Tandems:

Tandem Axles

A set of axles spaced close together, legally defined as more than 40 and less than 96 inches apart by the USDOT. Drivers tend to refer to the tandem axles on their trailer as just "tandems". You might hear a driver say, "I'm 400 pounds overweight on my tandems", referring to his trailer tandems, not his tractor tandems. Tractor tandems are generally just referred to as "drives" which is short for "drive axles".

Tandem:

Tandem Axles

A set of axles spaced close together, legally defined as more than 40 and less than 96 inches apart by the USDOT. Drivers tend to refer to the tandem axles on their trailer as just "tandems". You might hear a driver say, "I'm 400 pounds overweight on my tandems", referring to his trailer tandems, not his tractor tandems. Tractor tandems are generally just referred to as "drives" which is short for "drive axles".

Drop And Hook:

Drop and hook means the driver will drop one trailer and hook to another one.

In order to speed up the pickup and delivery process a driver may be instructed to drop their empty trailer and hook to one that is already loaded, or drop their loaded trailer and hook to one that is already empty. That way the driver will not have to wait for a trailer to be loaded or unloaded.

HOS:

Hours Of Service

HOS refers to the logbook hours of service regulations.
Old School's Comment
member avatar

Eric, it really takes a little time to learn all the little tricks so that they can keep you moving good. I promise you, any experienced driver who found himself in your position would have put some locking pliers on that release handle and had those tandems moved, or else just moved the trailer as is and dropped it off.

You did a good thing, but often times the way I'll handle something like that is to figure out how to move the load and maybe call a terminal/shop that is in my route so that I can set it up for a quick repair while I'm running the load. That sort of repair doesn't take long, and if you work it right you can have it done while taking your ten at a terminal.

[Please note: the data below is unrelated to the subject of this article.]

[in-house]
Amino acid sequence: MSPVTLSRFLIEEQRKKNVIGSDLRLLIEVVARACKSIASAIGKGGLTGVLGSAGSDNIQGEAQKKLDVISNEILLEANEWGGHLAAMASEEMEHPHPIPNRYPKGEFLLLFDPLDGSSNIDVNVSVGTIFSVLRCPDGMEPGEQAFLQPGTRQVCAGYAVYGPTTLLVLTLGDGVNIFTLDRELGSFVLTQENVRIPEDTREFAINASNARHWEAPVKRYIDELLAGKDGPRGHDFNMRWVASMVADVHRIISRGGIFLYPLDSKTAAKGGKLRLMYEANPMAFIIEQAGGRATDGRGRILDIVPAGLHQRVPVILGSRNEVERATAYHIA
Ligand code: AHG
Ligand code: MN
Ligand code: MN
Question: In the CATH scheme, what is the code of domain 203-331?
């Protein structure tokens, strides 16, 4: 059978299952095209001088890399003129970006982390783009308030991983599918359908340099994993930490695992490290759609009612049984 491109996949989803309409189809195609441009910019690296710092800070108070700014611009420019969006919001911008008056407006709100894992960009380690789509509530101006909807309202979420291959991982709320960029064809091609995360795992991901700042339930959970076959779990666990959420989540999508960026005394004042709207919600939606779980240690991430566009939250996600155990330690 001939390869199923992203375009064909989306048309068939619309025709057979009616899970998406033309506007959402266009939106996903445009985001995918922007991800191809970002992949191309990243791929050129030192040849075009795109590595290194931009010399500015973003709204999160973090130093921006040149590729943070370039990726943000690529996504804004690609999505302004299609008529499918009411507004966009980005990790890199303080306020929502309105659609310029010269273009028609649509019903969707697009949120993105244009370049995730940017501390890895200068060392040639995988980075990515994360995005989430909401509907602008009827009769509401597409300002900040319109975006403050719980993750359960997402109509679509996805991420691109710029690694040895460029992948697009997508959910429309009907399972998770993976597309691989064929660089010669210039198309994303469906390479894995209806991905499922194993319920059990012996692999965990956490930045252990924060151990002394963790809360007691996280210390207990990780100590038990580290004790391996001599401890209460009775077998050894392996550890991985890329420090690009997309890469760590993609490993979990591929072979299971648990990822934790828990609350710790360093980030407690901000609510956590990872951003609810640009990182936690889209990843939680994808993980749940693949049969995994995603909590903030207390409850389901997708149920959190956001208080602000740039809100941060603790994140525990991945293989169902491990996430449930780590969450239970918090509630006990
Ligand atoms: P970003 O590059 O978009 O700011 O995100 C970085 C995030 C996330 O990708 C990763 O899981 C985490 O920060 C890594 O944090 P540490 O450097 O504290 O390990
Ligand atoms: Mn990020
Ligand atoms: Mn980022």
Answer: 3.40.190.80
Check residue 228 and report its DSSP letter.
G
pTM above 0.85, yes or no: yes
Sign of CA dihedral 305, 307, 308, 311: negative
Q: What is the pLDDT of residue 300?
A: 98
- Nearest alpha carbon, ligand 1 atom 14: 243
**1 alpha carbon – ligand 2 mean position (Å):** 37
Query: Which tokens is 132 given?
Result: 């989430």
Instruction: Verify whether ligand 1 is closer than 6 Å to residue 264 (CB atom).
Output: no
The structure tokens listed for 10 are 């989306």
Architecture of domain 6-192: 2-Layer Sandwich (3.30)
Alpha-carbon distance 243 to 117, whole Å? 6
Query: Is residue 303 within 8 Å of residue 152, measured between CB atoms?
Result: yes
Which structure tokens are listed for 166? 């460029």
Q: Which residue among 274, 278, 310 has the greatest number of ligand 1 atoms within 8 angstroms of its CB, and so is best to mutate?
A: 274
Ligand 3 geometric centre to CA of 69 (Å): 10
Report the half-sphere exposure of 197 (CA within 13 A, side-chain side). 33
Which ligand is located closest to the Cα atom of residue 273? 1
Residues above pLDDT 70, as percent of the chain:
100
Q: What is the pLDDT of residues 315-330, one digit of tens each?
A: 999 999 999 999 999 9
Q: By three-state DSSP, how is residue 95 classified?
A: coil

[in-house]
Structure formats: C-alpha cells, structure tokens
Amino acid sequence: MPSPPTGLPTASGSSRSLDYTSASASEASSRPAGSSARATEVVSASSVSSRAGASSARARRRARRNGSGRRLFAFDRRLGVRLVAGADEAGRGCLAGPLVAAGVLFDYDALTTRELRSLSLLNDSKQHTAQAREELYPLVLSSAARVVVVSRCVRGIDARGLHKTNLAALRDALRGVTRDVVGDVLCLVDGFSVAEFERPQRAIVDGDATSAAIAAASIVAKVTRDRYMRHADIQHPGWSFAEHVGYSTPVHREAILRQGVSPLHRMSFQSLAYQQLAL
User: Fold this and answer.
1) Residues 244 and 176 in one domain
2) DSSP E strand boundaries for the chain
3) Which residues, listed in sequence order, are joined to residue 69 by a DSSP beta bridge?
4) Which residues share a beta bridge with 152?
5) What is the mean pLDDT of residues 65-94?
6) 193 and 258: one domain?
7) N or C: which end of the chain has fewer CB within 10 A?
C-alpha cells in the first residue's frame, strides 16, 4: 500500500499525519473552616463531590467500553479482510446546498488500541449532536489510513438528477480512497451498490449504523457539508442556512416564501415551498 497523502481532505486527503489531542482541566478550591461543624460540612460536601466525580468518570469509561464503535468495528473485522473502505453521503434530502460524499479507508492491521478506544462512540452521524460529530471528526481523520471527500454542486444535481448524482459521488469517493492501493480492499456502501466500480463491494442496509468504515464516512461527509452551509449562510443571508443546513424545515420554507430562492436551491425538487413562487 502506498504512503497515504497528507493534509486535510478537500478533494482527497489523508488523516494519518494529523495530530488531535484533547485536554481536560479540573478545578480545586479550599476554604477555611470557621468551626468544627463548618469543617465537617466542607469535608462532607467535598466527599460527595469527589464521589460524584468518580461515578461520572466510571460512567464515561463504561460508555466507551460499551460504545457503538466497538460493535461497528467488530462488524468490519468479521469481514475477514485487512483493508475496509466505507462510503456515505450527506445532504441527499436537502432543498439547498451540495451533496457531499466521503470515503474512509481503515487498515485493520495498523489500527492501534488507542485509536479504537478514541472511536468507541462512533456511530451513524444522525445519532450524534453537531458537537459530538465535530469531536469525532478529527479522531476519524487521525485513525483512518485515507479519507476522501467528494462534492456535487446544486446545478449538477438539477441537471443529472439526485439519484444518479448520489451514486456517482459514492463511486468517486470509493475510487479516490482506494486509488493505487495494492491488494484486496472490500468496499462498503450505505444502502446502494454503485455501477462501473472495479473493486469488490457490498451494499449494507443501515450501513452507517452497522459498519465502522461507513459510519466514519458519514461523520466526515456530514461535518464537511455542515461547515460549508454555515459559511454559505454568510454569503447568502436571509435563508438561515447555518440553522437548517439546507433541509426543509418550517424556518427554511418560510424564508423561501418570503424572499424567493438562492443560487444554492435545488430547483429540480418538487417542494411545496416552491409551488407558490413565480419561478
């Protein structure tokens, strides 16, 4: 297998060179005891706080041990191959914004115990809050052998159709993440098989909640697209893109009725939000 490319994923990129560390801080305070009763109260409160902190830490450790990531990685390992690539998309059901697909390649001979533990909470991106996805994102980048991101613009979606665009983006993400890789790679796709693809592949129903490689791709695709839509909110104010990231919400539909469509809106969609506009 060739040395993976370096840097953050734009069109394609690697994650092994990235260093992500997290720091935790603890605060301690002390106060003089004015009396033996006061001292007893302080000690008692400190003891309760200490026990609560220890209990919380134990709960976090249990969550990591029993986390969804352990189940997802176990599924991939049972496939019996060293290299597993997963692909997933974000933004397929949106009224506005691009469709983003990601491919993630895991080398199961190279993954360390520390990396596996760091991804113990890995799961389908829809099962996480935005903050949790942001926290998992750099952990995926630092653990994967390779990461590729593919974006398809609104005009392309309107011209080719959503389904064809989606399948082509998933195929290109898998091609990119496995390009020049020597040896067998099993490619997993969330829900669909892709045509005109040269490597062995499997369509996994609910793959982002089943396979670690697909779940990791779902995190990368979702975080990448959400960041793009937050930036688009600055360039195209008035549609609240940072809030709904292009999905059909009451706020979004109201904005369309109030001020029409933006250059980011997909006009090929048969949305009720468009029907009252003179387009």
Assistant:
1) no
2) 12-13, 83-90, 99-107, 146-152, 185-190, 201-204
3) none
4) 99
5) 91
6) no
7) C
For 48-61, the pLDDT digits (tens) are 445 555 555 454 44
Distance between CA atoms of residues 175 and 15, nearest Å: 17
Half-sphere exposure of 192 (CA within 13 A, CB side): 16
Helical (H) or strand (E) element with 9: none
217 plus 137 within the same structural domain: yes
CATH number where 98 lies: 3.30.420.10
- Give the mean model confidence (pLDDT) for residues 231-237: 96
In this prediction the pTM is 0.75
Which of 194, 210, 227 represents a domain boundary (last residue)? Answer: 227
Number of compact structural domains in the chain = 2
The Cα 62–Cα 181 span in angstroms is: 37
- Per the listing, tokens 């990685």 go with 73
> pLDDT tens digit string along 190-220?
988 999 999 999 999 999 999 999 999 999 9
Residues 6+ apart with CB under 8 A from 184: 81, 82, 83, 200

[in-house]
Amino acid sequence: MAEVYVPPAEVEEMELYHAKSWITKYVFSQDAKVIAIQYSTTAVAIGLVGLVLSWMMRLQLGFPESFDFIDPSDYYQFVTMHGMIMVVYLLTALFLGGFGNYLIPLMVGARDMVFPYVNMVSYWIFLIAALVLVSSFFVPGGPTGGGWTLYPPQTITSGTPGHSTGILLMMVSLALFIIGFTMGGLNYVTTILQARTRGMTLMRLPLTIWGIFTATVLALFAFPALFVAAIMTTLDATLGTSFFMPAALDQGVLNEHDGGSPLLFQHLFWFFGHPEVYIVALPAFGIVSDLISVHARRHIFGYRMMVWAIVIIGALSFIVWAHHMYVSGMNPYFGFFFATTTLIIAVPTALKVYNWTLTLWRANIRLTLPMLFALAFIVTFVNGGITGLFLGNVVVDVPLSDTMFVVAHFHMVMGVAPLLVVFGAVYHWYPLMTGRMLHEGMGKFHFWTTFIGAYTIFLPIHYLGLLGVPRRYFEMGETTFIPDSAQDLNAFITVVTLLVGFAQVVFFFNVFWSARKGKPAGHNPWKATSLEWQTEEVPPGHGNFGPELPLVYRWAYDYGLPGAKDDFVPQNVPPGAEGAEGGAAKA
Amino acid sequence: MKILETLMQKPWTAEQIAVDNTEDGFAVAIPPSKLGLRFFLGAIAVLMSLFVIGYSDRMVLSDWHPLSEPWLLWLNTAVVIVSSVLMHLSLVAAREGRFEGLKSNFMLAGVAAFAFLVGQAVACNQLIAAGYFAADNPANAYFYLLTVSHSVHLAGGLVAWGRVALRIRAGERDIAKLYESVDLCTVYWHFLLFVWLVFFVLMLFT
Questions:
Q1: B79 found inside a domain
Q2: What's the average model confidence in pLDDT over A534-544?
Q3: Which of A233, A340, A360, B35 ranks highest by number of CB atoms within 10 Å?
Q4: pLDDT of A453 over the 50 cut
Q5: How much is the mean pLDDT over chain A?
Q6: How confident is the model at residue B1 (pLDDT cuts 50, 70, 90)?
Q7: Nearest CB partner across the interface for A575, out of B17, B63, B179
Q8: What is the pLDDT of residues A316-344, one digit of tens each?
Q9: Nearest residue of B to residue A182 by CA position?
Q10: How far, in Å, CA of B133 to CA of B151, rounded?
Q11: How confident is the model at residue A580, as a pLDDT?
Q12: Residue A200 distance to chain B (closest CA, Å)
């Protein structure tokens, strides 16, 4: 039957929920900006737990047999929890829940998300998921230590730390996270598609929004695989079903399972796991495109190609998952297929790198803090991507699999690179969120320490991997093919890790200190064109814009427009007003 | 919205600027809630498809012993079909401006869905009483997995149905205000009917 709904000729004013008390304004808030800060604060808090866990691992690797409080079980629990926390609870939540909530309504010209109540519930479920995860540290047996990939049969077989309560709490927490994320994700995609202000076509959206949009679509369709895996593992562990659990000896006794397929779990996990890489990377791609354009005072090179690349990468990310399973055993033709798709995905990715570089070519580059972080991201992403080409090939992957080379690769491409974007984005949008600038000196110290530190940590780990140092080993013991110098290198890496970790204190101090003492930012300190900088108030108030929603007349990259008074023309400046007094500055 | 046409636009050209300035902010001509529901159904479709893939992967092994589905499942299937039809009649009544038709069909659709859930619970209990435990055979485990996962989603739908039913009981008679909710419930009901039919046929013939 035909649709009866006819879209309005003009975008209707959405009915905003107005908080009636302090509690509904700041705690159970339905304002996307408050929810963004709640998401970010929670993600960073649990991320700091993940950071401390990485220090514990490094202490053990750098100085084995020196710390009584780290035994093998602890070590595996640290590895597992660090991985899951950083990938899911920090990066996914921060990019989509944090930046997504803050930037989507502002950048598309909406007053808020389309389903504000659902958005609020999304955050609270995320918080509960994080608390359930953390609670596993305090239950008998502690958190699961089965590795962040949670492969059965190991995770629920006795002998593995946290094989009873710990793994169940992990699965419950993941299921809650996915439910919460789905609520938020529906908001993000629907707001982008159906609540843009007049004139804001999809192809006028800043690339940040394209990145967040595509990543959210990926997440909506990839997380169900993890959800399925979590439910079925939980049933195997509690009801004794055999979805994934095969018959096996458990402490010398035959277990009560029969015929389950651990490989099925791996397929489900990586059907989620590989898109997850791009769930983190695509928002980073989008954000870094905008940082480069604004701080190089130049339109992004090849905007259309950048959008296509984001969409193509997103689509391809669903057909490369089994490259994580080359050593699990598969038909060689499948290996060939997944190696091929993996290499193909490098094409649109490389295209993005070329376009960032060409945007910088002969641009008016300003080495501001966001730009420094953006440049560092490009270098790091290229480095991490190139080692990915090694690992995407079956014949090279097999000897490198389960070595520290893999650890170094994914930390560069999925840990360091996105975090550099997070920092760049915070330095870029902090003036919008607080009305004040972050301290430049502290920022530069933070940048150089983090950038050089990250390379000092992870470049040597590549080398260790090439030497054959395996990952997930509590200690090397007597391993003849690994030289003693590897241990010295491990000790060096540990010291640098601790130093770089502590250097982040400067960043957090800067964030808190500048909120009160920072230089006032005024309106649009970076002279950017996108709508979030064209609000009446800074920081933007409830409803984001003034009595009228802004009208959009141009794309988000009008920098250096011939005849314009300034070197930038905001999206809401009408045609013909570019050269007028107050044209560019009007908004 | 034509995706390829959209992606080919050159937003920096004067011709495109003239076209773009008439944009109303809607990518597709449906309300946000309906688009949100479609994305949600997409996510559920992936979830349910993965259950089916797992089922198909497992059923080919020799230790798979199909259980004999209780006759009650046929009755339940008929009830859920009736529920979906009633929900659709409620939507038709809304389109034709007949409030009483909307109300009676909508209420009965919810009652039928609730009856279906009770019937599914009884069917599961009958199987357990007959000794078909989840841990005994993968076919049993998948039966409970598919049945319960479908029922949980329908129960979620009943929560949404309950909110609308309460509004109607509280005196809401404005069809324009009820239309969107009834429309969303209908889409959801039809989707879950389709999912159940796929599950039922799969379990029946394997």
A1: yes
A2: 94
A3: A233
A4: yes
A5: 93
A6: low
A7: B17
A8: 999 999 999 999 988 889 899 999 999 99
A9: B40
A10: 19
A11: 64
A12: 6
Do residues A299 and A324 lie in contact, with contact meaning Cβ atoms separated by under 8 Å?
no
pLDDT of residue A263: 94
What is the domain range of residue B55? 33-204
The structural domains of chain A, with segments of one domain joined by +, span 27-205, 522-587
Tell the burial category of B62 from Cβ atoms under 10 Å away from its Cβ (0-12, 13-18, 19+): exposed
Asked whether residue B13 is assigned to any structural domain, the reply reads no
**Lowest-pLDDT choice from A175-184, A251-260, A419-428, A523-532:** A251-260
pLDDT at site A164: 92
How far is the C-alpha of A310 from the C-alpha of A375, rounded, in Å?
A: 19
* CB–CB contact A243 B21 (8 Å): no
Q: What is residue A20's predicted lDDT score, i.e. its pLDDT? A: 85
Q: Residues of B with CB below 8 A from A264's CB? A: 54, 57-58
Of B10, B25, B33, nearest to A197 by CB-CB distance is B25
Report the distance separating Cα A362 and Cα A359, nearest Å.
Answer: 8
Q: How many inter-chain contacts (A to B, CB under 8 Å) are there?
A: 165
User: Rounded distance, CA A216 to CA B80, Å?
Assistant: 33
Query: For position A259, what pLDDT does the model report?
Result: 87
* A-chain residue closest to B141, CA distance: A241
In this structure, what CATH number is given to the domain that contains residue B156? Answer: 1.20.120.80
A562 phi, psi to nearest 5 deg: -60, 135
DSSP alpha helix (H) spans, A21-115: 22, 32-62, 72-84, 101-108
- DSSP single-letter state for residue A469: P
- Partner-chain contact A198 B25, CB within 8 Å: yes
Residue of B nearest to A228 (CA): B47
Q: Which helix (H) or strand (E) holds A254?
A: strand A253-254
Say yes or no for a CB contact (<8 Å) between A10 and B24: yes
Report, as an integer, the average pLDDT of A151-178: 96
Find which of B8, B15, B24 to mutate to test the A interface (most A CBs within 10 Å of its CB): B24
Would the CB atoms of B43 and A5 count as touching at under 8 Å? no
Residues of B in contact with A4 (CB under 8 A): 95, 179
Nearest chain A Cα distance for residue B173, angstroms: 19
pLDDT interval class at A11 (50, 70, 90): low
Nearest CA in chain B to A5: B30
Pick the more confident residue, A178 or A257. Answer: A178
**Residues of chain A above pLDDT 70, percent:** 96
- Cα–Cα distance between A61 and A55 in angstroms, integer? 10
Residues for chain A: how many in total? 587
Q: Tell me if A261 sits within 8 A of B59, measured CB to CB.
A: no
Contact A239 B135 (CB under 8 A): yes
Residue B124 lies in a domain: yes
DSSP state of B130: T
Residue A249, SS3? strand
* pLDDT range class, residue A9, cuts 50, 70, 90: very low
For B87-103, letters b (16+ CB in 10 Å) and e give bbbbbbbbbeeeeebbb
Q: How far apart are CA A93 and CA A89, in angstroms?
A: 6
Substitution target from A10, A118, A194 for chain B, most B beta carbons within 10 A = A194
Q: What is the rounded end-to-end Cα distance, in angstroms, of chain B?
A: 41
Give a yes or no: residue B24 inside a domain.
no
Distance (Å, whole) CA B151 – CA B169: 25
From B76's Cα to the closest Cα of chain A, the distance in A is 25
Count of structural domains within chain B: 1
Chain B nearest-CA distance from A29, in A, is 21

Managing your time efficiently for the maximum productivity is a challenge that just takes a while to learn. Once you begin to show a pattern of doing that, your managers will rely on you a lot more heavily. That is when the miles start getting piled on you. That's also when you gain a whole new set of problems. You quit wondering why you're not getting enough miles and start wondering "How do they expect me to get all this done? "

Terminal:

A facility where trucking companies operate out of, or their "home base" if you will. A lot of major companies have multiple terminals around the country which usually consist of the main office building, a drop lot for trailers, and sometimes a repair shop and wash facilities.

Tandems:

Tandem Axles

A set of axles spaced close together, legally defined as more than 40 and less than 96 inches apart by the USDOT. Drivers tend to refer to the tandem axles on their trailer as just "tandems". You might hear a driver say, "I'm 400 pounds overweight on my tandems", referring to his trailer tandems, not his tractor tandems. Tractor tandems are generally just referred to as "drives" which is short for "drive axles".

Tandem:

Tandem Axles

A set of axles spaced close together, legally defined as more than 40 and less than 96 inches apart by the USDOT. Drivers tend to refer to the tandem axles on their trailer as just "tandems". You might hear a driver say, "I'm 400 pounds overweight on my tandems", referring to his trailer tandems, not his tractor tandems. Tractor tandems are generally just referred to as "drives" which is short for "drive axles".

HOS:

Hours Of Service

HOS refers to the logbook hours of service regulations.